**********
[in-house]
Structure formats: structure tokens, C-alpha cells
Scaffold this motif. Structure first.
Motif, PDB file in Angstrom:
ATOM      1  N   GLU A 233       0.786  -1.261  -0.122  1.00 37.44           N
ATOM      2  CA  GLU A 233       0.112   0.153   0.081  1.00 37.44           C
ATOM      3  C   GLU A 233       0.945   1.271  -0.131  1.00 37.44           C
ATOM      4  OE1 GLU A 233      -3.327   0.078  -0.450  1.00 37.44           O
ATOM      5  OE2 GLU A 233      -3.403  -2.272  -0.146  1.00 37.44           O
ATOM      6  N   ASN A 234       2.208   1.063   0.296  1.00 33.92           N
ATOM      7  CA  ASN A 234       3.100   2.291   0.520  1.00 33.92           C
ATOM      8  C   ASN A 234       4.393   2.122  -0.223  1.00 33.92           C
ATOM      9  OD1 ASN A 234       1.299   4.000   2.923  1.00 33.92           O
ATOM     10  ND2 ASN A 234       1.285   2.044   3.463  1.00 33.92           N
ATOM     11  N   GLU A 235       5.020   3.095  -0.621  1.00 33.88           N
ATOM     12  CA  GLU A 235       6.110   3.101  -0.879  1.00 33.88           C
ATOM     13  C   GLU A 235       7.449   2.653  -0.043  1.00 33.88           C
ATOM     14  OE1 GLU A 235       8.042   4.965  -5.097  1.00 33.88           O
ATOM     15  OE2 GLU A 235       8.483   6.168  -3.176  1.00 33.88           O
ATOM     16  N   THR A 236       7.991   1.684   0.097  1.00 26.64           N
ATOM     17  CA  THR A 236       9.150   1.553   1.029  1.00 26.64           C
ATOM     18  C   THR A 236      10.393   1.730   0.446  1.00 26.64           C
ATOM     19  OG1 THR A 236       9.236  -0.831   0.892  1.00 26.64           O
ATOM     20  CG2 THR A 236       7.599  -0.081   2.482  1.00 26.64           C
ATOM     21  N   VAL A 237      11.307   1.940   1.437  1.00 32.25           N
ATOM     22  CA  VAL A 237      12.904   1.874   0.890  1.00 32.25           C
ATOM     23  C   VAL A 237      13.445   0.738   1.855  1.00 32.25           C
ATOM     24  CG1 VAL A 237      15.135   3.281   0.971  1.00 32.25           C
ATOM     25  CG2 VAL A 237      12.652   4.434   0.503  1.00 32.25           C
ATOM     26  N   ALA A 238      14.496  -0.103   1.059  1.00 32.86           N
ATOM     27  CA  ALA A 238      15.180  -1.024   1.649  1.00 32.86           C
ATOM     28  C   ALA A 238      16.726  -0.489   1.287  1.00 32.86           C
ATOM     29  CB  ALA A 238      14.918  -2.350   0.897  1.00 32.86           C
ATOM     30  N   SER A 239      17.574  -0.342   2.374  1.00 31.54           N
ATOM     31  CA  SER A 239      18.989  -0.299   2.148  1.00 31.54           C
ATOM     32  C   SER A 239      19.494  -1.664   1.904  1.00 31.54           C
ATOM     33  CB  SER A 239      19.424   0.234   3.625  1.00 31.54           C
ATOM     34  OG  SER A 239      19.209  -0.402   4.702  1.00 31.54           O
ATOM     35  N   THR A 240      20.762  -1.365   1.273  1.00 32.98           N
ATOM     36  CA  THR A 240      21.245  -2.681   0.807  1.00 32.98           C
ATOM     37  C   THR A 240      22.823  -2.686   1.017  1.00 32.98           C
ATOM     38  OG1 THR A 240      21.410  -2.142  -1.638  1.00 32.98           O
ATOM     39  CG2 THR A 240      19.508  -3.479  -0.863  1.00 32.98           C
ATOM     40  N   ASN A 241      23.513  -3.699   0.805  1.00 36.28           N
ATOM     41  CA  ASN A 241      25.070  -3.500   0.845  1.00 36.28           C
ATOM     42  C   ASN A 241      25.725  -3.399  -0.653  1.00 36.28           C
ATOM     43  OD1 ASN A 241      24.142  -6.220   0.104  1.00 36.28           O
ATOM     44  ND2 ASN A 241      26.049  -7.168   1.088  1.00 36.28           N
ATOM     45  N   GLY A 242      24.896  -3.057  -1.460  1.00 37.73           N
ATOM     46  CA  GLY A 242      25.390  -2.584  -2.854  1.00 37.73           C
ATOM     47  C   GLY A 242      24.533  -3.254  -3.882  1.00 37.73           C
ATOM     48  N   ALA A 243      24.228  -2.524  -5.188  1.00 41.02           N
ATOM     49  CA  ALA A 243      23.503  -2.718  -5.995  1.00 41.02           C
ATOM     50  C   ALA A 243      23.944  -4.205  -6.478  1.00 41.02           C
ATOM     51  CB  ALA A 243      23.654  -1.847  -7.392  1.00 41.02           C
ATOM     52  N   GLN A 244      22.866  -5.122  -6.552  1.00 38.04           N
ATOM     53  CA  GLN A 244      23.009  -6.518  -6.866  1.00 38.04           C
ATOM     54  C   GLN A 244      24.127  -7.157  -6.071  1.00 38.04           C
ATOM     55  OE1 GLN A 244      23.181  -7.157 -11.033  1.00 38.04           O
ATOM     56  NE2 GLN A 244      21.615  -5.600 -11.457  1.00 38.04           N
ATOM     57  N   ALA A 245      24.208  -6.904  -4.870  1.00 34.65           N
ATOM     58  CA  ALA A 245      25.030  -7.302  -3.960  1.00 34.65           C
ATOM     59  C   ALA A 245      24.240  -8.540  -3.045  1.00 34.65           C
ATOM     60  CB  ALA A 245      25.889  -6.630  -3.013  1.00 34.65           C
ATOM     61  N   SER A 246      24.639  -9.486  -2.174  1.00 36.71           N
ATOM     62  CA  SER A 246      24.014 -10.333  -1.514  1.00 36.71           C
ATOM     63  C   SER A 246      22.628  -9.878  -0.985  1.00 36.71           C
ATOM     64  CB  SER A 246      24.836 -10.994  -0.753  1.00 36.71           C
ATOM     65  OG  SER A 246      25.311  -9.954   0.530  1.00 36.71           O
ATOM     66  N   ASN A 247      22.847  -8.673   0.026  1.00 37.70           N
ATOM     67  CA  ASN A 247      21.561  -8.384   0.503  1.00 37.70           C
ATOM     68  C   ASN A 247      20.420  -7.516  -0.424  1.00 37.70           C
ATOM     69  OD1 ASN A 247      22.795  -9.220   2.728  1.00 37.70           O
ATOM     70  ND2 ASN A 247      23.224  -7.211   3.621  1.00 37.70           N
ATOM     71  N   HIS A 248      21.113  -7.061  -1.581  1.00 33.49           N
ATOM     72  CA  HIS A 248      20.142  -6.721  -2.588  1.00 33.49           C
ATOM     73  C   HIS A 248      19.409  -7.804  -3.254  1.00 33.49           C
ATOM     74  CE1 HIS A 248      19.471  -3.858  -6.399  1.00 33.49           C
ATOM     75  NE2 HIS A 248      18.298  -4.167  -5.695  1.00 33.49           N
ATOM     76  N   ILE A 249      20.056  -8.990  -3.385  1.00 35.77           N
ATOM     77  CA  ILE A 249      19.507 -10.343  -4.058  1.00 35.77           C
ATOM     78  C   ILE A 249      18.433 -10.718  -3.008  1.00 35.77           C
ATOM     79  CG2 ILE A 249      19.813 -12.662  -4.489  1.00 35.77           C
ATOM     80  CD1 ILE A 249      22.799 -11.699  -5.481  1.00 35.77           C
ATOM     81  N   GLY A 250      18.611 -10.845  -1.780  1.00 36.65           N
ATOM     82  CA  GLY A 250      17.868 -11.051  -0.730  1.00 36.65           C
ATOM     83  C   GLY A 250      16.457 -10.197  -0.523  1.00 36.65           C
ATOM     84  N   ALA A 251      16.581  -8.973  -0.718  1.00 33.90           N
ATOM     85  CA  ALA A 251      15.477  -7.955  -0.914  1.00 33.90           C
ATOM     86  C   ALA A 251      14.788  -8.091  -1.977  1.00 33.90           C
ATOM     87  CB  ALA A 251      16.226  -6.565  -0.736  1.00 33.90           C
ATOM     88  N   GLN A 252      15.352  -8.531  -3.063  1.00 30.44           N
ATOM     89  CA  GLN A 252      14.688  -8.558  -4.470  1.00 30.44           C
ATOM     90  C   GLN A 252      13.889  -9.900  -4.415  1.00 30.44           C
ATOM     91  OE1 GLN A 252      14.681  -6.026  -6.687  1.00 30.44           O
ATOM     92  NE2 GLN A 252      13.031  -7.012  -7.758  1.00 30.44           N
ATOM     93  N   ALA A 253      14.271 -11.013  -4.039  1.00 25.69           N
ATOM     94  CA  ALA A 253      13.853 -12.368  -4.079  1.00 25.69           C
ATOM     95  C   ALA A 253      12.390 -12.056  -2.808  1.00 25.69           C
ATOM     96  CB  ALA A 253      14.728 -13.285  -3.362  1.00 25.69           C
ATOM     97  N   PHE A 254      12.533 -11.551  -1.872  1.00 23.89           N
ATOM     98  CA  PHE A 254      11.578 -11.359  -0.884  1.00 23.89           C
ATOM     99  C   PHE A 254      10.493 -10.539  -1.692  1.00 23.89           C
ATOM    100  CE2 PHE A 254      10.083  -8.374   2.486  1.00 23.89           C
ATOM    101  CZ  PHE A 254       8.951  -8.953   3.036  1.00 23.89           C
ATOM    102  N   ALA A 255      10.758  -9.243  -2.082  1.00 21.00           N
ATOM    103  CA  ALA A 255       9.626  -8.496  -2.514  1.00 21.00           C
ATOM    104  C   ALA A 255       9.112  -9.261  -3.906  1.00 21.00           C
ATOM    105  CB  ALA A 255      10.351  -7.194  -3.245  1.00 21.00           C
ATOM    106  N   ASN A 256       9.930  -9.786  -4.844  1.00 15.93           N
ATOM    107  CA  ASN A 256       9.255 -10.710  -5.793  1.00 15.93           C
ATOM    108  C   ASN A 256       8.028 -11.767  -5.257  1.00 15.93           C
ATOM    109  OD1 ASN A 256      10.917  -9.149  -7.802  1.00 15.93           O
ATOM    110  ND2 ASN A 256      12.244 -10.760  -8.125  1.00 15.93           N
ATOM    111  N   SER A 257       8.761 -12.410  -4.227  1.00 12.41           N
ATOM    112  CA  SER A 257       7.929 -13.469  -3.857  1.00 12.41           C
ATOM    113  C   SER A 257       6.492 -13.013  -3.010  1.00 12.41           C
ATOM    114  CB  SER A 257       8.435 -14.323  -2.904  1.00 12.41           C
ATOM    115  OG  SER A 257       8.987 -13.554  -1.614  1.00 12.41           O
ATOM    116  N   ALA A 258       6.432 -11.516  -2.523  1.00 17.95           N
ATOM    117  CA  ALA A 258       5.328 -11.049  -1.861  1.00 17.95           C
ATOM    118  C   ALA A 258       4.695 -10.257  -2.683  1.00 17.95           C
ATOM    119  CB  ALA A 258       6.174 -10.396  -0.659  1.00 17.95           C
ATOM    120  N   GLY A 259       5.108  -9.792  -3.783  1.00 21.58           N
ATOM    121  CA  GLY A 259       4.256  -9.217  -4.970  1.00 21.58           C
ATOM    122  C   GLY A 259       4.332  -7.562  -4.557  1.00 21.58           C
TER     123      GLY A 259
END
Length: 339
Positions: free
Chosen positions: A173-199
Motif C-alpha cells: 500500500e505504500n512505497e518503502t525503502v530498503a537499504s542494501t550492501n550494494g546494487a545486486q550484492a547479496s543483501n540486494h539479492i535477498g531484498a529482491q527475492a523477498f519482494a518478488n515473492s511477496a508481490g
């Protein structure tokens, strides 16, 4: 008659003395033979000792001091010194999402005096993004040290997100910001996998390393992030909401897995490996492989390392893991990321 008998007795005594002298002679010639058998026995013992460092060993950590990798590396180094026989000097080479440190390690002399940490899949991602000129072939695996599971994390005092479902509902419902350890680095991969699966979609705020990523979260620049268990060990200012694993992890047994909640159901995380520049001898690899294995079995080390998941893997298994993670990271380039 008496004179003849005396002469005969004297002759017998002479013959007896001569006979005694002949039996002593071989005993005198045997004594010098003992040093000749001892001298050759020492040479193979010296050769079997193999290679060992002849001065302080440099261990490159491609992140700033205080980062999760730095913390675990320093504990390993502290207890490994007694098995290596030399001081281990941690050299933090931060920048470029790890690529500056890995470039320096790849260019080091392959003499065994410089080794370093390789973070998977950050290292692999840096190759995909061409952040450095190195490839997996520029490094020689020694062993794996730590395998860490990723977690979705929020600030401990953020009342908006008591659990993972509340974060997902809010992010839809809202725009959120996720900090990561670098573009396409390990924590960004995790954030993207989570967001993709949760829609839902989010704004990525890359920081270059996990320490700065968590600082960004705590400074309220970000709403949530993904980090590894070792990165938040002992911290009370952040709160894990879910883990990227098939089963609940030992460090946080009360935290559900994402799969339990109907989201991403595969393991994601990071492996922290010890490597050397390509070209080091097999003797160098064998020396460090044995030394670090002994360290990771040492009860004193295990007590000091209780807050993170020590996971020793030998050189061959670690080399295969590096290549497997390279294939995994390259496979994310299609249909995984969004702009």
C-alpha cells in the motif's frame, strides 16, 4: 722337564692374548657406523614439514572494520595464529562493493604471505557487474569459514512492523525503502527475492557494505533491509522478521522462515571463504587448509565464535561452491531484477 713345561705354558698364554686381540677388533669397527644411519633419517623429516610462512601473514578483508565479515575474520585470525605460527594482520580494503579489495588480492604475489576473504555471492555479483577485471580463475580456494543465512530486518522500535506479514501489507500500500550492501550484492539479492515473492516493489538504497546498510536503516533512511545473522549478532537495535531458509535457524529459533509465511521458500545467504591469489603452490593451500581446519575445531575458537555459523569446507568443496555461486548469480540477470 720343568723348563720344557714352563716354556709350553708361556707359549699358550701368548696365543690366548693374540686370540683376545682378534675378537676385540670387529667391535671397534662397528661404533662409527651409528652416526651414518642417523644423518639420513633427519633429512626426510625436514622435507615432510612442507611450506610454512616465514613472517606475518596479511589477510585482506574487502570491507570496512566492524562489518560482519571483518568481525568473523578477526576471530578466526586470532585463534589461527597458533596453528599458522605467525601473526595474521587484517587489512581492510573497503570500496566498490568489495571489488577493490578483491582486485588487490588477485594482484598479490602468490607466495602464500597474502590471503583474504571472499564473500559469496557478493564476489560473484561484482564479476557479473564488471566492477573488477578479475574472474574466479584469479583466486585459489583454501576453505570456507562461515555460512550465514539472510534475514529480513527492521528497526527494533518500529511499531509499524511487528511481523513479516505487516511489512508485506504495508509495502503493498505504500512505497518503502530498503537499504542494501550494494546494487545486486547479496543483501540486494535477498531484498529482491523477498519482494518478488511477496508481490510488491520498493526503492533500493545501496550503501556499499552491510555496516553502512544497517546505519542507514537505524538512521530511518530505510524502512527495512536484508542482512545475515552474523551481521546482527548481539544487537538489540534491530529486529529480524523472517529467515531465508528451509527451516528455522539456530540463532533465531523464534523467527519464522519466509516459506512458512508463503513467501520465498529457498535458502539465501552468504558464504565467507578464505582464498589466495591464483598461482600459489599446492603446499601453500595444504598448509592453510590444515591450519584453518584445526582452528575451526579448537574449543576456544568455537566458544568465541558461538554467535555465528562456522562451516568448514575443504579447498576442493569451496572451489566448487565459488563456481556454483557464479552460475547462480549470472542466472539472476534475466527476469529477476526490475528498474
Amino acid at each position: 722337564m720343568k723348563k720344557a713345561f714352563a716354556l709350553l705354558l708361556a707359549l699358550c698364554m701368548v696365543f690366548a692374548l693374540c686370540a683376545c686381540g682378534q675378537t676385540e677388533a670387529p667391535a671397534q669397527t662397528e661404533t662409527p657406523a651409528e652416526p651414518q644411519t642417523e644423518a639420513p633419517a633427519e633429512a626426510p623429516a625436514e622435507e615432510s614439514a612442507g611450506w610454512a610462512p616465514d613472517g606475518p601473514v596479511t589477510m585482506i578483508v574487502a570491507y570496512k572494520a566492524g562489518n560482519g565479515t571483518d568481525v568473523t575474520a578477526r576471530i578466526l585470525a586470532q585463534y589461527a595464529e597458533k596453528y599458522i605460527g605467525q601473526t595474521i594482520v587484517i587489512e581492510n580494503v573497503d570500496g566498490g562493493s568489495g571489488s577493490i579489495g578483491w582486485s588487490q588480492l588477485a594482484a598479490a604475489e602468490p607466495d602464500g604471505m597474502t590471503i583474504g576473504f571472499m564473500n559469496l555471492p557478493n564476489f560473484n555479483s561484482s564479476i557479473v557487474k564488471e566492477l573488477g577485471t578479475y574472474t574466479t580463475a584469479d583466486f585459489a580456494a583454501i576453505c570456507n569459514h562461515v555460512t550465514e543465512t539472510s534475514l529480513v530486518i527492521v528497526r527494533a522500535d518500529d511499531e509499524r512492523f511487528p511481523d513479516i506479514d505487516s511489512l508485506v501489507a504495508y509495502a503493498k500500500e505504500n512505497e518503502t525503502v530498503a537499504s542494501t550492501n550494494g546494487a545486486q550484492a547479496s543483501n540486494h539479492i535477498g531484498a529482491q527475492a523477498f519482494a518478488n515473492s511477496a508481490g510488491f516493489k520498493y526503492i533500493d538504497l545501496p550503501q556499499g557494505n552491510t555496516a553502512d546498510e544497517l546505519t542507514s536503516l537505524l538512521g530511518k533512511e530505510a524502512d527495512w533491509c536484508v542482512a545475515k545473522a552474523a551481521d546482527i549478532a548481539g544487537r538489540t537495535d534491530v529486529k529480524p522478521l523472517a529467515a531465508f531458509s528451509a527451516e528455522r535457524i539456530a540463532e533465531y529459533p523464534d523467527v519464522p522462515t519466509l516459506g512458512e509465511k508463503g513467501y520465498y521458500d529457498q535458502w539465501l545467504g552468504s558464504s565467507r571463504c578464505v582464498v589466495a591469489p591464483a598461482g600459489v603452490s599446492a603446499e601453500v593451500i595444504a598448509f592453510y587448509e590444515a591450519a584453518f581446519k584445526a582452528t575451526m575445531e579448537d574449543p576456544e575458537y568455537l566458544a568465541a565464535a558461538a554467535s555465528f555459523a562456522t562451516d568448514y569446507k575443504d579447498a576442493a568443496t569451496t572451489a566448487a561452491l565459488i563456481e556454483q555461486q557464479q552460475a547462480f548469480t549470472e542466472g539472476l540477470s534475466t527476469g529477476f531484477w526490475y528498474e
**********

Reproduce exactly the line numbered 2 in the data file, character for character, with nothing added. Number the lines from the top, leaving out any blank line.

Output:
Structure formats: structure tokens, C-alpha cells